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Whiskey Floats on Water
This YouTube video demonstrates a physics trick right out of high-school science -- how to take a glass of water and a glass of whiskey and swap their contents, without using a third glass. It relies on the principle that whiskey is lighter than water and will float on top of it. The funny part is not the video, which is fairly straightforward, but rather the comments left by YouTube viewers, many of whom seem to think the video must have been faked. I guess they weren't paying attention in high-school science. I had a bottle of cheap whiskey on hand (Rebel Yell), so I tried the experiment myself, and I can attest that it definitely works. You just have to make sure not to allow the whiskey and water to mix too quickly, otherwise they'll combine together and you'll end up with two glasses of watered-down whiskey.

Posted by The Curator on Thu May 17, 2007

I saw this in a Paul Zenon book, but I've never tried it. I always wondered what it'd look like. I'm going to try it now and see it for myself.

I love how the Youtubers don't understand the science behind it. And are so confident in their convictions too.
Posted by Renquist  in  Glasgow, Scotland  on  Thu May 17, 2007  at  09:37 AM
mixology 101 guyz...
Posted by oppiejoe  in  Michigan - USA  on  Thu May 17, 2007  at  11:02 AM
Come on man! Rebel Yell is like the Buick of whiskey. All the quality without all the price!!
Posted by coit  on  Thu May 17, 2007  at  11:10 AM
Is there any other substance that I could do this with besides , seeing as how I'm under the age to drink and none of my family drinks . Like, would vegetable oil work?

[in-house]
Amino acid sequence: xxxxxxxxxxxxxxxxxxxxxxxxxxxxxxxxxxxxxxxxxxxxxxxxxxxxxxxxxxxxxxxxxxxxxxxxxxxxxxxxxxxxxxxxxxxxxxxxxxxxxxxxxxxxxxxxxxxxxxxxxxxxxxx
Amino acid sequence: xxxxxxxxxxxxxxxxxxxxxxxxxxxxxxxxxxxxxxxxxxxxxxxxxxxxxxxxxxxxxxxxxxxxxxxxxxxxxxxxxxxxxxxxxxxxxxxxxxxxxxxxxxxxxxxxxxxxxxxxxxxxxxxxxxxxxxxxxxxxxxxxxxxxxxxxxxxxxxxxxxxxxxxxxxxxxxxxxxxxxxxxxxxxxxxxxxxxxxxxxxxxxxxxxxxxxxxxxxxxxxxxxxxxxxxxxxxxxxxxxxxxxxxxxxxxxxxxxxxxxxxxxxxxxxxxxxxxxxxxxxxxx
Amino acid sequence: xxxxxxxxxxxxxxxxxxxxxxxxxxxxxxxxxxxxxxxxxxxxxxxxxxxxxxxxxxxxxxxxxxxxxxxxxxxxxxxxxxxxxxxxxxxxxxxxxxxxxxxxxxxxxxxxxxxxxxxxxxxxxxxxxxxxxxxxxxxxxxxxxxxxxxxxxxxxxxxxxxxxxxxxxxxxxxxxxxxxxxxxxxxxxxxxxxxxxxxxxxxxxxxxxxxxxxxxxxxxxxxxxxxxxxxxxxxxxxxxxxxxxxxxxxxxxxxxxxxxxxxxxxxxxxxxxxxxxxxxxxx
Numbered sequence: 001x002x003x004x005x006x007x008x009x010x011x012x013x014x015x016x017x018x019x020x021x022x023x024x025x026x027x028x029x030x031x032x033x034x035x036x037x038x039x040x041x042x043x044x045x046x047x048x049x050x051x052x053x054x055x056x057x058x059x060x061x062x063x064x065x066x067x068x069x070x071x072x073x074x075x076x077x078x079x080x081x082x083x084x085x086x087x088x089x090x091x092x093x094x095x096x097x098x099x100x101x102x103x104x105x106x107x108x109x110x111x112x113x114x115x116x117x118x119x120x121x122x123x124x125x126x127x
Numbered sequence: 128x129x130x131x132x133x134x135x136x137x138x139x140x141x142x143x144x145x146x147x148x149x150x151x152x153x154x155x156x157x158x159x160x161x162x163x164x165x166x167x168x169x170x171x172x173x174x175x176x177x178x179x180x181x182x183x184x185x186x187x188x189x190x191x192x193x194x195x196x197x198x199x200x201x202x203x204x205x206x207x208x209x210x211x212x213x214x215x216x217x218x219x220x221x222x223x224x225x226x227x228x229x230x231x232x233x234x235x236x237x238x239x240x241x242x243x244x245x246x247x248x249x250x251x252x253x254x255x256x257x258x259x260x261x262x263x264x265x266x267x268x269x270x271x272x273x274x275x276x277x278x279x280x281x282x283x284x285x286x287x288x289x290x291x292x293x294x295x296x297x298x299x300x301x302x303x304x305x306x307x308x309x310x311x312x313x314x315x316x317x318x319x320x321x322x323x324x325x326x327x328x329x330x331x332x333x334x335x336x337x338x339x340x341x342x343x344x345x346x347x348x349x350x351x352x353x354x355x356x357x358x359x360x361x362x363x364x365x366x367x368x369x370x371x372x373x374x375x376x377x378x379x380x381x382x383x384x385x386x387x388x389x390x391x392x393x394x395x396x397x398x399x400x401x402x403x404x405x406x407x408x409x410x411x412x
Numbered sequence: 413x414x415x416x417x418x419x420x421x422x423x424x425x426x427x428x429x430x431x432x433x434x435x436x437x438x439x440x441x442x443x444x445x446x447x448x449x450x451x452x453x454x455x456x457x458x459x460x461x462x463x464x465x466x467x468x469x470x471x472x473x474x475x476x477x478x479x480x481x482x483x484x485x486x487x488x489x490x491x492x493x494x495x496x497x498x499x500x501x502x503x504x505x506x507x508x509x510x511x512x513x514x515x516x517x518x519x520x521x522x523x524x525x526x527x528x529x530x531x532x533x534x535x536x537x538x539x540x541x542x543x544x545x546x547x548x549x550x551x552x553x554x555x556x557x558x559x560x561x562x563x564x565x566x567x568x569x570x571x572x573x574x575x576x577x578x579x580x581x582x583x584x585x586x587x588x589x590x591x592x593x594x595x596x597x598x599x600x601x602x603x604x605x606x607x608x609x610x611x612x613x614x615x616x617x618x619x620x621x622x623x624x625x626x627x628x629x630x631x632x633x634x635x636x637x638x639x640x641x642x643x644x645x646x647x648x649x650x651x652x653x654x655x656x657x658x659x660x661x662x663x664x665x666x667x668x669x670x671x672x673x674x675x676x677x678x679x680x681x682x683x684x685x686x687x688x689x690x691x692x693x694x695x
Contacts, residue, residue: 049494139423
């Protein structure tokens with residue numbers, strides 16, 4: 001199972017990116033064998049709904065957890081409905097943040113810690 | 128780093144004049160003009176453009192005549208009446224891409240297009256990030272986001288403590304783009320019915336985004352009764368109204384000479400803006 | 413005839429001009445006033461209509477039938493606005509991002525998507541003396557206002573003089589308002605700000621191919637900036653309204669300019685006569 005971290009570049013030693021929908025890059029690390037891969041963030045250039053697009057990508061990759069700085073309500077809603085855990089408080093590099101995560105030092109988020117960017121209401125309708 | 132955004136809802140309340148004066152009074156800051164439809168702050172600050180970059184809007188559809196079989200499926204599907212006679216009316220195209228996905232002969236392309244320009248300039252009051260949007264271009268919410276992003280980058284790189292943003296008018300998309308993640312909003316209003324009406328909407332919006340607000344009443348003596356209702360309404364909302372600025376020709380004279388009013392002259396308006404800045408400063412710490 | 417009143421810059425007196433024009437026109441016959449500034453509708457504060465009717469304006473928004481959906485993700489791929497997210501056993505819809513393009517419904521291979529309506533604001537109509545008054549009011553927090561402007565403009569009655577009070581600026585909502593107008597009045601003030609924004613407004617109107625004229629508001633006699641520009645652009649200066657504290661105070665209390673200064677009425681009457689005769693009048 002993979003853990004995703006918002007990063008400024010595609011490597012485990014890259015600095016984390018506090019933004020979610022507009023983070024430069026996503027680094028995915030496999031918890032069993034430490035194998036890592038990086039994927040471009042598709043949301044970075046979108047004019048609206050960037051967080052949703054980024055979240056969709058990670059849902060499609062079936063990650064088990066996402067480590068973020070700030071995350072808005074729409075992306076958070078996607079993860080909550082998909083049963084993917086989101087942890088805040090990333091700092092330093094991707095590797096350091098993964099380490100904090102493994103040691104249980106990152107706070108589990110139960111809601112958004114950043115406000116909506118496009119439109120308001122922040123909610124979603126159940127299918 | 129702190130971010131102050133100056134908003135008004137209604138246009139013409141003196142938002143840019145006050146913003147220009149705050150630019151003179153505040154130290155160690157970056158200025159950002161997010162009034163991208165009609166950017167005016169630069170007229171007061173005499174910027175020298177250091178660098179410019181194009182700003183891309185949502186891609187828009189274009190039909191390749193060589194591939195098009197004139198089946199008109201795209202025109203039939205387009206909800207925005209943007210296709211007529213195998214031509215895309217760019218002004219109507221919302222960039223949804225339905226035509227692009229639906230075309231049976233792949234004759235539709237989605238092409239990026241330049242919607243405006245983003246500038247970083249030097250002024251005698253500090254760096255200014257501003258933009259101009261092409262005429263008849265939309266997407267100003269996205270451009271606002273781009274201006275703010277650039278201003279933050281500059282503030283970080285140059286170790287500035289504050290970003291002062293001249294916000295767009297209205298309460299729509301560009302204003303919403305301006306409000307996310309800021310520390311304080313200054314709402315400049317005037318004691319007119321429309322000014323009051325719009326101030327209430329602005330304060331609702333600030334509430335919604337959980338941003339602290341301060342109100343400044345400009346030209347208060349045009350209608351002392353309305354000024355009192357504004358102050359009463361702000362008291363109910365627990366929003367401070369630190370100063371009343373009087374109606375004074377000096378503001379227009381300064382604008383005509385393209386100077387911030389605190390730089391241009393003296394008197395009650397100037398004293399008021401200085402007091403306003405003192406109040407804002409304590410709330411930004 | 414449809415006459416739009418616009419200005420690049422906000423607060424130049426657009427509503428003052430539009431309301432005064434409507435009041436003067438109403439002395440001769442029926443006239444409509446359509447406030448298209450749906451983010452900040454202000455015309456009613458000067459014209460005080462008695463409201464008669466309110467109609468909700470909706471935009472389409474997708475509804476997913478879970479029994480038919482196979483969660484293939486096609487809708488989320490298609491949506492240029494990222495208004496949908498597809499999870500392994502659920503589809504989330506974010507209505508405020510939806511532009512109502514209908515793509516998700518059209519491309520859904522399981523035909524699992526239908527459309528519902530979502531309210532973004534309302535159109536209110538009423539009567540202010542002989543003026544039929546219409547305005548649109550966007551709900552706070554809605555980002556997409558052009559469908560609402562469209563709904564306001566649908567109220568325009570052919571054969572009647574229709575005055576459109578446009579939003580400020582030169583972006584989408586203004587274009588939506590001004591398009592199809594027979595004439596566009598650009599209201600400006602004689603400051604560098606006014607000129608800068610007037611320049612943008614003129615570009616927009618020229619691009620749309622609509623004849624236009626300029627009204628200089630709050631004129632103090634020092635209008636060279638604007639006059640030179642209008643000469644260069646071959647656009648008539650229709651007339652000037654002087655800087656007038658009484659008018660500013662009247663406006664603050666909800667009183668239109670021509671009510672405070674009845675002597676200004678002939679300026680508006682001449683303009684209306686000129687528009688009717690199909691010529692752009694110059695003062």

Posted by Pickle  in  In a Jar  on  Thu May 17, 2007  at  08:52 PM
I think vegetable oil should work. In fact, it would probably be easier to do it with vegetable oil, seeing as oil and water mix far less easily than water and whiskey.
Posted by The Curator  in  San Diego  on  Fri May 18, 2007  at  03:30 AM
You should also be able to do it with a glass of freshwater with a drop of food coloring in it and glass of saltwater without. The saltwater is denser and should go on top.
Posted by David B.  on  Fri May 18, 2007  at  11:48 AM
But obviously this experiment _must_ be a fake. Remember, YouTube is the voice of the people, and the voice of the people is always right smile

Or does it show something else?
Posted by DFStuckey  in  Auckland, New Zealand  on  Tue Jun 05, 2007  at  12:21 AM
I'd like to do it with a glass of freshwater with a drop of food colouring in it. I'll try it at home
Posted by Rasta  in  Rivne  on  Mon May 17, 2010  at  08:53 AM
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